Canaries in the Coal Mine
Today, April 2, has been designated as World Autism Awareness Day by the United Nations in a resolution passed in 2007. Other organizations have designated the entire month of April as Autism Awareness Month. Those of us who are #ActuallyAutistic have found much of this language problematic because the issue isn’t as much awareness but acceptance, making sure autistic children, teenagers, and adults have a safe environment, one free from bullying and exploitation, and we receive the support we need to thrive in school, workplaces, and society in general. A related issue is the nature of organizations that claim to support autistic individuals. Do those organizations have autistic people in leadership positions? “Nothing about us without us” is an important principle to keep in mind.
As a writer and activist for the full inclusion of autistic creators in the publishing industry, I’ve been encouraged by the efforts of We Need Diverse Books and others to push the industry toward more and better portrayals of indigenous people and people of color in books for children and teens, and to make sure #ownvoices creators aren’t chronically passed over for limited slots. While sensitivity readers can help with more accurate and complex portrayals, hiring a sensitivity reader is no substitute for giving marginalized authors and artists the chance to tell their stories. I’ve noticed, however, that disabled and neurodiverse book creators are still struggling to break in and maintain careers. It concerns me because not only am I one of those neurodiverse authors but also in many ways, people with disabilities are canaries in the coal mine, and impatience with us or exclusion of us is a harbinger of how other marginalized people will soon be treated.
This message was driven home to me a couple of weeks ago when I saw the Academy Award-nominated foreign language film Never Look Away. Loosely based on the life of painter and sculptor Gerhard Richter, the film traces the life of the young artist Kurt Barnert (the fictionalized Richter) from his early years growing up in Nazi Germany to his education in Communist East Germany after the war and his escape to the West, where he returned to art school and rebuilt his career in a climate of what was to him unimaginable freedom. Kurt’s interest in art was nurtured by an aunt who showed signs of mental illness and who, under the Nazis’ draconian policies toward persons with disabilities was institutionalized, sterilized, and ultimately murdered. As the United States Holocaust Memorial Museum states, “The most extreme measure, the Euthanasia Program, was in itself a rehearsal for Nazi Germany’s broader genocidal policies.” People like Elisabeth in Never Look Away — and Richter’s young aunt in reality — were the canaries in the coal mine, their torture and mass murder preceding that of Jews, Roma, LGBTQ persons, and others.
Never Look Away‘s director, the immensely talented Florian Henckel von Donnersmarck (writer/director of the Academy Award-winning Cold War drama The Lives of Others) juxtaposes Elisabeth’s humanity with the cold brutality of the doctor who condemned her to her fate. The oily Dr. Seeband, who manages to rise to the top under the Nazis, the communists, and the capitalists as oil usually does, is the father of Kurt’s girlfriend, also named Elisabeth but nicknamed Elly. Dr. Seeband torments the couple, even maiming his own daughter to prevent her from procreating with someone who has mental illness in his family. In totalitarian societies, entire families paid the price when one member didn’t conform.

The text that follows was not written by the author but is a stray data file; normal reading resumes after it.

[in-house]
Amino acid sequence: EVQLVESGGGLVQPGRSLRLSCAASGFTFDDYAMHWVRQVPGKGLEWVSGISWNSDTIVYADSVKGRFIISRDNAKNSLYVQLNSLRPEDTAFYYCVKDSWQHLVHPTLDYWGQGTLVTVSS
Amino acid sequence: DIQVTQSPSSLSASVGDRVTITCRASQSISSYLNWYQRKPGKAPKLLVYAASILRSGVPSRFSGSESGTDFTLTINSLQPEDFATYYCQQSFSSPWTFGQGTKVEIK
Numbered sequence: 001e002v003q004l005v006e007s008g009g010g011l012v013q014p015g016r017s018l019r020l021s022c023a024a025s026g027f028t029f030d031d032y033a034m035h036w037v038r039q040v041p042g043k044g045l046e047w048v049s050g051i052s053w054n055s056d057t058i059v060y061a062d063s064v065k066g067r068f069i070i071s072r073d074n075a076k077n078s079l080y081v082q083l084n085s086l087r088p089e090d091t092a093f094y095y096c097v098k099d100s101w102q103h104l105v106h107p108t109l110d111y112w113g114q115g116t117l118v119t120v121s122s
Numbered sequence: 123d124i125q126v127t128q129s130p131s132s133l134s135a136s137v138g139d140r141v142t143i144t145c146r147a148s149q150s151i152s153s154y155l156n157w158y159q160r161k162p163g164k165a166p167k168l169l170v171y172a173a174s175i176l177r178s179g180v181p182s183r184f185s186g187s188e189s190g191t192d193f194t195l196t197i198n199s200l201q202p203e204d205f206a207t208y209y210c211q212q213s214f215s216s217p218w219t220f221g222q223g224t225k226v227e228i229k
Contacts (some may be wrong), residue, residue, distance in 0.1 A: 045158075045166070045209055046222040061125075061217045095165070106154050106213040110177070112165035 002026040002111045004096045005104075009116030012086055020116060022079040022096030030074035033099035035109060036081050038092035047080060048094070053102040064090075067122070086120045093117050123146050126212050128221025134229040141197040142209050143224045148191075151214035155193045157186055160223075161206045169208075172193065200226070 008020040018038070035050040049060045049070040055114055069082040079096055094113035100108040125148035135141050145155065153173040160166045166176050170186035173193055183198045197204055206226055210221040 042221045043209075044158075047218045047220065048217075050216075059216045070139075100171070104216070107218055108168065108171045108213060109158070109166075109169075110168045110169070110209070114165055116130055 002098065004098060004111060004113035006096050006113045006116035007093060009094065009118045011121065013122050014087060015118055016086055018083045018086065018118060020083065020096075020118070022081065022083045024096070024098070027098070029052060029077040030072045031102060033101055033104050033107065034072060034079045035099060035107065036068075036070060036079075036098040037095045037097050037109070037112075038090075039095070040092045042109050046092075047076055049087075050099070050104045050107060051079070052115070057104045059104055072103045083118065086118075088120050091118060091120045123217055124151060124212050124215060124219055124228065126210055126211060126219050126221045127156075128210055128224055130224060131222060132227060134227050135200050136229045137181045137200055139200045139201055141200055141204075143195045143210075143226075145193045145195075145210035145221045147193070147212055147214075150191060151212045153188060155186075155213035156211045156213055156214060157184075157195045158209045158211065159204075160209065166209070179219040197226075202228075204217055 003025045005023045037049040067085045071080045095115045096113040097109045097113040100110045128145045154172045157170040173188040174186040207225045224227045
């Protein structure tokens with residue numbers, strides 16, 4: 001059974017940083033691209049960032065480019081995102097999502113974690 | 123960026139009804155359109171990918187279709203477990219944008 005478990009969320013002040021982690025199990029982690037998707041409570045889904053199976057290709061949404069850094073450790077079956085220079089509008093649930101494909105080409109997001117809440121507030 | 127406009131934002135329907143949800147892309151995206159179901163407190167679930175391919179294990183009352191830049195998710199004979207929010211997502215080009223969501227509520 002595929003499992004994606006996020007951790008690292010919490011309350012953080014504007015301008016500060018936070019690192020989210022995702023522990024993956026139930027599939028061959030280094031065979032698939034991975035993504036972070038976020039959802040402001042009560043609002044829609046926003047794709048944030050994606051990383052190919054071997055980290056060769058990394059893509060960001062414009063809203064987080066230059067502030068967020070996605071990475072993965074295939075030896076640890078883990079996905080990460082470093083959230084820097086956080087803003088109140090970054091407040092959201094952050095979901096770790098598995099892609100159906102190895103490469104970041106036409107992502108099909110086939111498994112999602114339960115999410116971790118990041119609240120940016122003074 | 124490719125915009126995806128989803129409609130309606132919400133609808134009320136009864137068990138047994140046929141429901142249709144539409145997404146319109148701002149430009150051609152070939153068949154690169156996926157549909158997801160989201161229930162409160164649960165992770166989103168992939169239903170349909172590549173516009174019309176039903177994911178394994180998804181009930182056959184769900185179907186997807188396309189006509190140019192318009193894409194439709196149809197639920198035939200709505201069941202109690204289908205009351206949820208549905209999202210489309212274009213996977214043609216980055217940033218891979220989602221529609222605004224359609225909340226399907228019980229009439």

Shortly after watching Never Look Away, I read Kip Wilson’s powerful verse novel White Rose, the story of Sophie Scholl and the other members of this courageous but doomed student organization that circulated leaflets telling the truth about the Nazis, their genocidal policies, and the massive casualties their troops had sustained on multiple war fronts. Along with observations of Jewish friends and neighbors losing their businesses in the days before the war, Sophie sees a printed sermon by Bishop August von Galen — also circulated illegally and serving as an inspiration for the White Rose: “I have been informed / that hospitals in Berlin are preparing / lists of inmates who are classified / as unproductive members / of the national community / and that these people are to be removed / from these establishments and killed” (p. 101). And after reading the sermon, Sophie notices Jews in her town forced to wear the yellow star, then, “deported — / first to Stuttgart / then out of Germany / entirely” (p. 106).
I had the privilege to present on a panel at Kidlitcon last week with Kip and Padma Venkatraman, whose middle grade novel The Bridge Home includes the protagonist’s disabled sister — and the sister plays an important role in supporting the “found family” at the heart of the story. Set in Chennai, India, where Padma grew up, The Bridge Home shows how a group thrives when it uses the skills of everyone rather than excluding those who are different and perceived as weaker. Though predatory adults eventually do harm to the brave and kind children, Viji, Rukku, Muthu, and Arul carry the dreams of a better world, one based on inclusion, trust, and mutual respect.
I thank Padma, Kip, and moderator Dr. Laura Jimenez (a member of the We Are KidLit collective) for including me on the panel and our lovely audience for listening and participating. I went home from Kidlitcon heartened and encouraged in my own quest to tell my stories, for if the canaries survive and thrive in the mines, what jewels will we all discover there?